Surviving on Student Wages
Every time I see an oscillating fan I think of the summer after my freshman year of college.
The rhythm of the whir and click as it moved back and forth was the only thing that kept me from suffocating in our stuffy apartment.
My roommate and I were both financially supporting ourselves that summer, so we didn’t have money to run the air conditioner. Combine that with 100-plus degree days and you start looking forward to going to work.
I had a great job working 40 hours a week at the plant pathology lab on campus. I got to experiment and study plant fungi and its effects at every stage of plant development. The only drawback? I was making a dime more than minimum wage.
Sure, I could have gone home for the summer, but I’d gotten this idea in my head that I needed to stay in town and go to summer school. My scholarship didn’t cover summer tuition, so my dad told me he would pay my tuition if I paid all my living expenses.
It seemed like a great deal. I was more than happy to agree to it. But I had no idea what it was like to support yourself on such low hourly wages and have to live paycheck to paycheck — especially after I’d been used to living pretty comfortably.
I know other students might be finding themselves in a similar situation this summer, so here are a few things I learned from my experiences.
Plan Your Meals
Look for simple recipes with fewer ingredients because generally the fewer the ingredients, the lower the cost. Pinterest is usually a great place to start, but there’s also lots of apps out there like Allrecipes.com that can help you find dishes you feel comfortable preparing.
Then, take it a step further and schedule your meals for the entire week before you go shopping. My husband and I do this every week, and some of our friends and family tease us about it, but it really helps us focus our grocery shopping. With a meal plan, you don’t waste food, and it also prevents you from wasting money on snacks you don’t need.
Shop At the Dollar Store
You can find a lot of your basic necessities at the dollar store, including some food products. I’m not saying you should shop at the dollar store for everything you use, but it can be a great way to save money. (And it’s a great way to avoid the hustle and bustle of the grocery store.)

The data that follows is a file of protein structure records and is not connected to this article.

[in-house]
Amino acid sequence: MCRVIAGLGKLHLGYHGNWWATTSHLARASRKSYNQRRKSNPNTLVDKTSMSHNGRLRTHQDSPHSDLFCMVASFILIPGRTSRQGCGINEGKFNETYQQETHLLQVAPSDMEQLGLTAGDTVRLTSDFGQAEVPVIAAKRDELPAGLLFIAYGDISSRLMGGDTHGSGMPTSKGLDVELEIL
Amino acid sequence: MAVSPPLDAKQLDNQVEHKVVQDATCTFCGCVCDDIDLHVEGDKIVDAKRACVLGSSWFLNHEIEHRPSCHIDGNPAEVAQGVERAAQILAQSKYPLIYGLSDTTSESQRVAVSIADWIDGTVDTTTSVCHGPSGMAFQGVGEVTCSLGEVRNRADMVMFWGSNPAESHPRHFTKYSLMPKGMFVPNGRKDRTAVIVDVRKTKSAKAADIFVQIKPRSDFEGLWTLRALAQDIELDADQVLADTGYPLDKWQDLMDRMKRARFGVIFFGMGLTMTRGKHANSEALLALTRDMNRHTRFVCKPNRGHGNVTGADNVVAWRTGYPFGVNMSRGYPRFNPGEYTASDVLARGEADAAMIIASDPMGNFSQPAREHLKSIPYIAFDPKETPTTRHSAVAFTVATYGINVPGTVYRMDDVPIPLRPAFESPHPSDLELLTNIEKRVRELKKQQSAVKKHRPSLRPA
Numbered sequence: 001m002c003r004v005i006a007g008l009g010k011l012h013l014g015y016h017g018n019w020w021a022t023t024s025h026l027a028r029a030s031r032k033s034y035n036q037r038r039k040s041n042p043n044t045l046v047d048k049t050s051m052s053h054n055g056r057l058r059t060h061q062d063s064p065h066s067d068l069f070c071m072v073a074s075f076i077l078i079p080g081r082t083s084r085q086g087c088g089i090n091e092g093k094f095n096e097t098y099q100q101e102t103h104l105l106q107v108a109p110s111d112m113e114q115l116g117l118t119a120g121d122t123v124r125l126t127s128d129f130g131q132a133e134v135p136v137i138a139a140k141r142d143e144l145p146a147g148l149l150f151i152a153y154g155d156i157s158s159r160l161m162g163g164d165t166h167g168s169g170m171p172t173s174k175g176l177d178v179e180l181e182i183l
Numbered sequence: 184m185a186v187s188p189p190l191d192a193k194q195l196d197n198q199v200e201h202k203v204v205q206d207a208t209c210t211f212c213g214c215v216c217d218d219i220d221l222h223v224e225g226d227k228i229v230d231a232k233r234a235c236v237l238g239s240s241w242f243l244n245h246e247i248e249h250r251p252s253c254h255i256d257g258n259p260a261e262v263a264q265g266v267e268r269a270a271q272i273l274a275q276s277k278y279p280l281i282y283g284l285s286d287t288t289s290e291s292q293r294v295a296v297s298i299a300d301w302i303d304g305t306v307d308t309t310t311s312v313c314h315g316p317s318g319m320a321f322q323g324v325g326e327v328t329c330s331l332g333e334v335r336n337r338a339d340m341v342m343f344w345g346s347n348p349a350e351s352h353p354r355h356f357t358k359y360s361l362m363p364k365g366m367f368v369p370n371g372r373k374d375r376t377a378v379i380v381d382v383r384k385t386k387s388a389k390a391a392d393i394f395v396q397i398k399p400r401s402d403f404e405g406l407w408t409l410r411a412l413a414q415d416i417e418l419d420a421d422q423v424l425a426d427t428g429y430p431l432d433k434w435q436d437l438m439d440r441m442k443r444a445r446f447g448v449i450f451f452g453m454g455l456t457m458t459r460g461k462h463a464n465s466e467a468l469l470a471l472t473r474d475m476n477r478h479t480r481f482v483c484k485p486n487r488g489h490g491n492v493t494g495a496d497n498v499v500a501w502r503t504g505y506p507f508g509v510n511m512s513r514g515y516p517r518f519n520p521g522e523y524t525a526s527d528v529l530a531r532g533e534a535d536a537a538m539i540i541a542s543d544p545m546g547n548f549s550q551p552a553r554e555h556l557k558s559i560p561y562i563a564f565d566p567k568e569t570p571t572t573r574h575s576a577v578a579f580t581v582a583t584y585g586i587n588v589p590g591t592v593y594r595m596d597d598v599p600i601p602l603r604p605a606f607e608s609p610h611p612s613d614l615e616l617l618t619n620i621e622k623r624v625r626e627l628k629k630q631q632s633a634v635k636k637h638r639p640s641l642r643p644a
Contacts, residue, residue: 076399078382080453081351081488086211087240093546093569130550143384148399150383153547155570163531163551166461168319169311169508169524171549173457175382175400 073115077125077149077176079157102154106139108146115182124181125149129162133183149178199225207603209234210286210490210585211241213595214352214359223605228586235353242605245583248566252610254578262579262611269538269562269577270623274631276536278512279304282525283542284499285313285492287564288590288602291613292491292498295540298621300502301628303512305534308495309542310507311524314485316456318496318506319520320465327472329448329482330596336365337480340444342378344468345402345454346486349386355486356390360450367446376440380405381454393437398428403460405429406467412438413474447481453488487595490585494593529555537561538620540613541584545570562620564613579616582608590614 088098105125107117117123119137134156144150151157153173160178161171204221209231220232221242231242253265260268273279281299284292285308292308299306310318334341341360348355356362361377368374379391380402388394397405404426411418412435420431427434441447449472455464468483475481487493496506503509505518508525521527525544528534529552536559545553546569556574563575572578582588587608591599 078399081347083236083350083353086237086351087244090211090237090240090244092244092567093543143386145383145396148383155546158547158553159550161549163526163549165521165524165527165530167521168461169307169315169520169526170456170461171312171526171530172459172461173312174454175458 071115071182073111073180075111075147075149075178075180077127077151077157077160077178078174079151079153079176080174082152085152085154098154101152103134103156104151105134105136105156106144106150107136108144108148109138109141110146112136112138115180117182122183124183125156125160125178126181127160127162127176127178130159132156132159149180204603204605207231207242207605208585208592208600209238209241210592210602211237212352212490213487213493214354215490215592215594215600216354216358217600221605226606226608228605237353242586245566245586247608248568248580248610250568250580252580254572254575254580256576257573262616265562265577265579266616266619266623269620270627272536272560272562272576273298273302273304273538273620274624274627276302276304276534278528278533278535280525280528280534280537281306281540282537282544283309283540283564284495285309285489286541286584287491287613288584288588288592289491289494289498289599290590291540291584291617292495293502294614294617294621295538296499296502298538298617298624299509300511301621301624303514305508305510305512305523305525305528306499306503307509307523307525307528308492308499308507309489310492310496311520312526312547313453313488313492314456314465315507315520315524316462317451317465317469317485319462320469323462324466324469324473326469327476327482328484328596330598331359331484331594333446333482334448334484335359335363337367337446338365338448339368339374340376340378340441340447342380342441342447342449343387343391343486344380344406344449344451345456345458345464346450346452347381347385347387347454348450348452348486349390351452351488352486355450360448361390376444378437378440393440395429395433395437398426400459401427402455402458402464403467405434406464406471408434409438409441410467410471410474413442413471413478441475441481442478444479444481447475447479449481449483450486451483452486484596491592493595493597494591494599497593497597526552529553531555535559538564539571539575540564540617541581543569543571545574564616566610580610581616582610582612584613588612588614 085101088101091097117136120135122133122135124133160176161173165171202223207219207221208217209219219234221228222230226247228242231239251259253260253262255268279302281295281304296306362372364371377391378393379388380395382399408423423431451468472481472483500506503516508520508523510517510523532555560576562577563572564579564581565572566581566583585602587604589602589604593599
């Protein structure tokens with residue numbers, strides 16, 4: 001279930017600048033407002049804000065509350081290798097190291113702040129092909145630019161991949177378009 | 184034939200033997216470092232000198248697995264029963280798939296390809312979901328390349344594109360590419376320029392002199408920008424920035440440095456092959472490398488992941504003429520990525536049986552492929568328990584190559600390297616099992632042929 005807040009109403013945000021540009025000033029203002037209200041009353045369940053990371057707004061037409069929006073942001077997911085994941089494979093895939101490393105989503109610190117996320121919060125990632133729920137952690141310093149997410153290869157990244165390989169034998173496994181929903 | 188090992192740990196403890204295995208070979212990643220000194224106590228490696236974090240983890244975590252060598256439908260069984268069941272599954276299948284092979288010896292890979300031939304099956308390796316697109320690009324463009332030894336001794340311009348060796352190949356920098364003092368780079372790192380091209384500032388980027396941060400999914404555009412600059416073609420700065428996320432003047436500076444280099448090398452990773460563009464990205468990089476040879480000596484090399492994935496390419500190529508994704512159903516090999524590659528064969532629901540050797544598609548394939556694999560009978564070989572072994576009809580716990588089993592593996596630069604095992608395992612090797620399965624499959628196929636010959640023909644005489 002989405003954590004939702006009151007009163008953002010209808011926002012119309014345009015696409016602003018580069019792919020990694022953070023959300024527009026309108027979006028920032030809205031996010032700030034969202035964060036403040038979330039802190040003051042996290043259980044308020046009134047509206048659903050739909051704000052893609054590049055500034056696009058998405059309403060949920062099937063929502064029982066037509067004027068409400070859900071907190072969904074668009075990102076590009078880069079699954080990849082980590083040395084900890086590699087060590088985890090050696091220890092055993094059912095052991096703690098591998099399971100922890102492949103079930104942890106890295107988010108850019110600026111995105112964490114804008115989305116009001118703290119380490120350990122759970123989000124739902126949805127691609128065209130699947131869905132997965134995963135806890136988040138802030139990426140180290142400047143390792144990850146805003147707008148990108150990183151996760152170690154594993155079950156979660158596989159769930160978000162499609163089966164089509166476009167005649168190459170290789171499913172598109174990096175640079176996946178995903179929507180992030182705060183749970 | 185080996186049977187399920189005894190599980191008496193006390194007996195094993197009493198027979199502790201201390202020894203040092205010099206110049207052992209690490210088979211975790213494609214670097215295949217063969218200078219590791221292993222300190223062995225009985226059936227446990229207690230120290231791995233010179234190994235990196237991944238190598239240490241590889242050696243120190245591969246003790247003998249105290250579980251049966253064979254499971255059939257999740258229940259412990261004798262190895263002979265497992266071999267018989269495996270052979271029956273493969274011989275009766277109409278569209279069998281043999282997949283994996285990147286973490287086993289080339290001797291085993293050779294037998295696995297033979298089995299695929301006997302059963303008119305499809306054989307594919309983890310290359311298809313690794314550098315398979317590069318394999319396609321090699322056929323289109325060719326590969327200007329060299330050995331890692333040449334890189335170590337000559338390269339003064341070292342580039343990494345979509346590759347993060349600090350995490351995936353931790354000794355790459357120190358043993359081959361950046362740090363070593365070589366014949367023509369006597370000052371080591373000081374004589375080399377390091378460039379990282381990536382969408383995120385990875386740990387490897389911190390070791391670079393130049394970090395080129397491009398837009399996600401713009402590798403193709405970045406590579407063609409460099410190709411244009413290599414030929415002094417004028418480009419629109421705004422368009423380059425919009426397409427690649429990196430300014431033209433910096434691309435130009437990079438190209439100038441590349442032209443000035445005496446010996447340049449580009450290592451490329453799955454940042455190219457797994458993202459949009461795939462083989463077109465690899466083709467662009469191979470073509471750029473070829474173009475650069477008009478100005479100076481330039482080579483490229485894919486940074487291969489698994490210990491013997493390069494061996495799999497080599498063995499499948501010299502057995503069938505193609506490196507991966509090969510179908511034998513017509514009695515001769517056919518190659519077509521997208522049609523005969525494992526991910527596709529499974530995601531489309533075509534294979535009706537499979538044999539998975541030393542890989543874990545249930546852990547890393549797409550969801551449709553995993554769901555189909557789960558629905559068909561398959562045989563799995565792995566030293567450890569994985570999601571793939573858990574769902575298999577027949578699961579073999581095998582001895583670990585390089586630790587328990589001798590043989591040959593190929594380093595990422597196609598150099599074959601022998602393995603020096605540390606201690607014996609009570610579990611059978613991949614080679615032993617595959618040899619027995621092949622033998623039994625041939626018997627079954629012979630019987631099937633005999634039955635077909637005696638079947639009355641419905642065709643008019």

Cut Up Your Credit Cards
I didn’t have any credit cards during my Oscillating Fan Summer, and I’m so grateful I didn’t. Later, when I started my professional career as a newspaper journalist, I fell into this horrible cycle with my credit card.
I would spend more one month than I was able to pay off, so I would just tell myself that I wouldn’t put anything on it the next month. But I couldn’t go a whole month putting NOTHING on it — in fact, I used my credit card for a lot of automatic bill payments. After a few months, I was several hundred dollars in debt and it would keep me up at night because I had no means of paying it off.
So just avoid the stress by getting rid of your credit cards and instead being a stickler about what you spend money on. Get in the habit of checking your bank account once a day.
Trim the Fat
Everyone’s got things they spend money on that they can cut out of their budget. For me, it was dining out and entertainment (and running the air conditioner).
Eating out was the first thing I nixed. No more midnight Taco Bell runs with my friends, either.
I quit going to the movies or even renting movies. My roommate had a pretty extensive DVD collection, so we watched those. I also got accustomed to going to the public library to find DVDs and other sources of entertainment.
Learn to Say No
This was by far the hardest thing I had to learn to do.
When my friends invited me to dinner or bowling or whatever else was going on, I had to get used to telling them that I just couldn’t afford it. It was embarrassing and awkward, but your friends will understand — that’s why they’re your friends.
A Final Note
When I sat down to write this post, I intended to write about what I learned from juggling my on-campus job and summer school. And while I learned a lot, the biggest lesson for me that summer was in self-discipline with my finances.
I hope some of this has been helpful, and I’d love for you to comment and tell me what you do to save money while going to school.